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  • Zombie Flesh Eaters

    Zombie Flesh Eaters

    Post-narrative. This is not to confirm the common (mis)conception that Fulci is narratively inept (this idea is directly contrasted earlier in his career: Don't Torture a Duckling is a fluid network narrative decades ahead of the vogue; Beatrice Cenci cogently layers differing flashbacks, investigations, and personal reflections). Rather, Fulci here begins his radical stage (culminating in the films he'd make in the 1980s) of dismantling linear plot in order to explore ideas or aesthetics.

    Fulci, however, does not fully abandon…

  • Predator

    Predator

    Not as fluid as McTiernan films to come -- he finessed his cutting philosophy with Frank Urioste and Jan de Bont during the production and post-production of Die Hard -- but clearly, robustly the work of a born filmmaker. Not only for his ability to create space out of the jungle, but also for his ability to give a plastic reality to thought and emotion through the camera.

    The long takes are unassuming yet sinuous: a dolly shot of the…

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  • Blood and Black Lace

    Blood and Black Lace

    One wants to write unreservedly on Mario Bava ― his formalism invites effusion, and his films repeatedly present characteristic ironies and a morbid aestheticization. And yet we’re confronted, in auteurist terms, with a black hole. True, this is much the essence of auteurism in general, to varying degrees of intensity: we project into myths, or project myths onto workers or artisans. Bava challenges because he gave us so little but derision of his own handiwork, and because, circling his event…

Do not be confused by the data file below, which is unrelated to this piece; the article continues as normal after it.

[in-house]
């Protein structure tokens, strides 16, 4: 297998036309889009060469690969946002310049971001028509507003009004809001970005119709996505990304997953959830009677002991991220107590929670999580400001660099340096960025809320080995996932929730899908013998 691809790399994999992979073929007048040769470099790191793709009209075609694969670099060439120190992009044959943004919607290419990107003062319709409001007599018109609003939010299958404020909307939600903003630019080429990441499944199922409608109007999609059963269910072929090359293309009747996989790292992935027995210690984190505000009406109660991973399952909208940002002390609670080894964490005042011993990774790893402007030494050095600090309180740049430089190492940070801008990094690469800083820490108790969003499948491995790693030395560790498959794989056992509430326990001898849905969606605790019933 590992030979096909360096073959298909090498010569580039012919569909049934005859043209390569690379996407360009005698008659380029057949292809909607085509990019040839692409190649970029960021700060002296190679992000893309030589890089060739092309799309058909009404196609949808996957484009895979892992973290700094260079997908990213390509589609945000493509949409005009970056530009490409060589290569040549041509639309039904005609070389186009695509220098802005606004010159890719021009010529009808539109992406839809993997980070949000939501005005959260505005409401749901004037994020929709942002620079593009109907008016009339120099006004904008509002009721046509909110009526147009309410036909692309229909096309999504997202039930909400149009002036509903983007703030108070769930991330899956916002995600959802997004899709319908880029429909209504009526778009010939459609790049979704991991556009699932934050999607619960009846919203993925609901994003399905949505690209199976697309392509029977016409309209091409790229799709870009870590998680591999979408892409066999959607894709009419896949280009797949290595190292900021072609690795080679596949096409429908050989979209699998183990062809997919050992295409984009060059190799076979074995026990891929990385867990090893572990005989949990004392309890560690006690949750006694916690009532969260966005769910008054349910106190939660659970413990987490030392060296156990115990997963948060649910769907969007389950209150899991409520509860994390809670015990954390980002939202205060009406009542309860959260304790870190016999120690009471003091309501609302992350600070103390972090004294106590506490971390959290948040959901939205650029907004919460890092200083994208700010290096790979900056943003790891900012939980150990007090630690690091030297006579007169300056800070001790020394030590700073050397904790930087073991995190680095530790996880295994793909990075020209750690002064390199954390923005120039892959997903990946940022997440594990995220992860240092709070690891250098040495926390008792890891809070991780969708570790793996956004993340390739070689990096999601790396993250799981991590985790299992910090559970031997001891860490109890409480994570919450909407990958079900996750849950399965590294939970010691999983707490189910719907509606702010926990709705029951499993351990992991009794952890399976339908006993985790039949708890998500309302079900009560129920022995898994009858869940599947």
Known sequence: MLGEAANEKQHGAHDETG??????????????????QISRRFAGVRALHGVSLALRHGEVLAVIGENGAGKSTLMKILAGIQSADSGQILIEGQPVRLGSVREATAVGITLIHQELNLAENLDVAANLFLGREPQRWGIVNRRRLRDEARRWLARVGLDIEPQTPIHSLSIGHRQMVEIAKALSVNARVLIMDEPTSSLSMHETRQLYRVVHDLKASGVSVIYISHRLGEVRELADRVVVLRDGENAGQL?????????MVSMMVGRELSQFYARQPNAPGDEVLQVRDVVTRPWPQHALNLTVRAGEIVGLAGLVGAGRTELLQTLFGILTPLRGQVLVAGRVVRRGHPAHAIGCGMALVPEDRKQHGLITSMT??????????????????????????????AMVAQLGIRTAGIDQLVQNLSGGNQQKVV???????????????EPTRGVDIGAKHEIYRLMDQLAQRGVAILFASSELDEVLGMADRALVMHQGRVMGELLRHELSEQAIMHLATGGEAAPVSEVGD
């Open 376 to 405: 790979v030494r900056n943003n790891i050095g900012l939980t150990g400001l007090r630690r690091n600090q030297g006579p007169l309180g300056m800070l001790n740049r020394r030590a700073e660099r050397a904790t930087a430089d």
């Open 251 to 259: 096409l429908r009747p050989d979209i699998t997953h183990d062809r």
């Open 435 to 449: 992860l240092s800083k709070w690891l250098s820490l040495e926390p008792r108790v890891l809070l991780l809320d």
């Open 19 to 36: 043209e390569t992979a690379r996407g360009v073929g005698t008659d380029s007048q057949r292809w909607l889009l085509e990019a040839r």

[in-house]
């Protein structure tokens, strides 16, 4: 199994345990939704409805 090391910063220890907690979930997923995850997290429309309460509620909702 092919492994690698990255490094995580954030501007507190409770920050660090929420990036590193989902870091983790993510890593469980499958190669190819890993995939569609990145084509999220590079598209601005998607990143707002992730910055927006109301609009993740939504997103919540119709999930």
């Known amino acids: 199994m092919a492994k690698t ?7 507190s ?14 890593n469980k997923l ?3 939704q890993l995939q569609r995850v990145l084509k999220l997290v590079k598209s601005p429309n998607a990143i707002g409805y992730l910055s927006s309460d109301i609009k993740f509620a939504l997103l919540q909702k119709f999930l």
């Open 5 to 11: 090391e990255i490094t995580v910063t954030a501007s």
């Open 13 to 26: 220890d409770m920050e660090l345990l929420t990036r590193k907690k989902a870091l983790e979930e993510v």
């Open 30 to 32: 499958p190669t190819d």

• The Whip and the Body

    The Whip and the Body

    Bava pulls from sunset over sea to color his interiors — purples, blues, teals & greens, the burning of reds and oranges — but these are also colors of mortification, bruising, wounds. The blue of the sea and green of sickly flesh, the purple of twilight and that of lash marks on pale skin. The red-orange disc of the sun, the deeper red of a rose, the bloom of blood on cloth: the sun sets, the rose withers, and people die.…

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  • Zack Snyder's Justice League

    Zack Snyder's Justice League

    There will be plenty of other reviews covering this film's themes, relationship to its predecessors, etc., so just a brief note on its form. Because what struck me, on first viewing (even on a sub-optimal rip), was its ability to inspire awe in the superheroic -- no small feat on a desktop screen, in a questionably chosen aspect ratio. Actual wonder in the spectacle.

    The similarities to the Whedon cut only make Snyder's unique action that much more palpable. And…

  • Die Hard

    Die Hard

    Practically a musical, McTiernan, Urioste, Kamen so in tune that it becomes a choreography of formalized emotion and adrenal thrills. The wealth in observation can distract one in multiple interpretive directions -- husband fighting for wife after losing his supremacy in the family, in the ultimate (constantly exploding) phallus; overtures to the fabled end of history: emissaries of multiple continents meeting in one space spliced together from Western modernism and Eastern minimalism, fighting over a vault of bearer bonds, Asian…